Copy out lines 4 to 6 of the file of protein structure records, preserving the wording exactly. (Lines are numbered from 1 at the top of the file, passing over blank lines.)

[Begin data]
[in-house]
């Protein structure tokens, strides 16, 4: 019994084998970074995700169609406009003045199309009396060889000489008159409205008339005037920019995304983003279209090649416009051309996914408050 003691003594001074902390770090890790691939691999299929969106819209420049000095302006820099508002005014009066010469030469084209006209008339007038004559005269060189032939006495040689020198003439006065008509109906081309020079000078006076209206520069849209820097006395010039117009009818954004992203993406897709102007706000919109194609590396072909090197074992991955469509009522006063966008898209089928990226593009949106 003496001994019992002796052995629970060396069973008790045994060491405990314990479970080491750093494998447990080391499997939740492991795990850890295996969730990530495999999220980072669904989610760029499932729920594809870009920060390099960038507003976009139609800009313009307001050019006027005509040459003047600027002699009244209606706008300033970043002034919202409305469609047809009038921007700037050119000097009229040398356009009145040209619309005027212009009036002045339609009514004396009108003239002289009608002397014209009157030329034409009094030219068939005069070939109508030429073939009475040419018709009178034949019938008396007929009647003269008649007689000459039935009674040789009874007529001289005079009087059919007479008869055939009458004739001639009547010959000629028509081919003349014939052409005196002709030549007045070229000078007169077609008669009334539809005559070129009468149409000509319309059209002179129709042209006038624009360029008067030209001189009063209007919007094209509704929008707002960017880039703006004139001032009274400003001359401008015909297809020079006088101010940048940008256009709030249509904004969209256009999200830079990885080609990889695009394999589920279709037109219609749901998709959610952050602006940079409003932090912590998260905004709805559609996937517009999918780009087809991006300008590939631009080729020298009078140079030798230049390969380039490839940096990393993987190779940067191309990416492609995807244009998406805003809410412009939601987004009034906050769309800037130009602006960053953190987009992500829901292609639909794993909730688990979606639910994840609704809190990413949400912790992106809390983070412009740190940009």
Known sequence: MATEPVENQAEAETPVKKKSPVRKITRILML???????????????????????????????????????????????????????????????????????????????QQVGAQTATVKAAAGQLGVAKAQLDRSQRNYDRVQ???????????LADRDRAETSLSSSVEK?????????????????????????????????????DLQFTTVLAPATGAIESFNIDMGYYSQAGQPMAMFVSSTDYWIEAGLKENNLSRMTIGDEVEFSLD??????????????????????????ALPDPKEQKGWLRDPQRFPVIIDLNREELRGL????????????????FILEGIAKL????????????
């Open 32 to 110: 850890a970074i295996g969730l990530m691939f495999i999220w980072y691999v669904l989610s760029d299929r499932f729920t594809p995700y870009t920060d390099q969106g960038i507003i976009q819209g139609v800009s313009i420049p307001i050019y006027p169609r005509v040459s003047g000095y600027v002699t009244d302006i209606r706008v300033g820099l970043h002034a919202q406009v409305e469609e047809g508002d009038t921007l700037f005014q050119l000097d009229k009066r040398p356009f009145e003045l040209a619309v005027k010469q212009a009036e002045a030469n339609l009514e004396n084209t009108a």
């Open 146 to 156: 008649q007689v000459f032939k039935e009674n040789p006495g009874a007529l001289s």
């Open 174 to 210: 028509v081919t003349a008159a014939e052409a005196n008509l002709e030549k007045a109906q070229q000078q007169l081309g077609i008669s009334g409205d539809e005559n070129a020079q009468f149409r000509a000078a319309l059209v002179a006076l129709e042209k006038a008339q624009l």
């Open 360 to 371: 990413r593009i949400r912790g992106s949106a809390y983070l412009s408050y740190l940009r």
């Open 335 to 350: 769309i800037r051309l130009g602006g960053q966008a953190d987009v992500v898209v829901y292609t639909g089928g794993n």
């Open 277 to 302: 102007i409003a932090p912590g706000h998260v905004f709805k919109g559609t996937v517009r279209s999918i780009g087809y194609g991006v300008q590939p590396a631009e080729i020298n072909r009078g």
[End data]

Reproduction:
């Open 32 to 110: 850890a970074i295996g969730l990530m691939f495999i999220w980072y691999v669904l989610s760029d299929r499932f729920t594809p995700y870009t920060d390099q969106g960038i507003i976009q819209g139609v800009s313009i420049p307001i050019y006027p169609r005509v040459s003047g000095y600027v002699t009244d302006i209606r706008v300033g820099l970043h002034a919202q406009v409305e469609e047809g508002d009038t921007l700037f005014q050119l000097d009229k009066r040398p356009f009145e003045l040209a619309v005027k010469q212009a009036e002045a030469n339609l009514e004396n084209t009108a």
């Open 146 to 156: 008649q007689v000459f032939k039935e009674n040789p006495g009874a007529l001289s």
């Open 174 to 210: 028509v081919t003349a008159a014939e052409a005196n008509l002709e030549k007045a109906q070229q000078q007169l081309g077609i008669s009334g409205d539809e005559n070129a020079q009468f149409r000509a000078a319309l059209v002179a006076l129709e042209k006038a008339q624009l």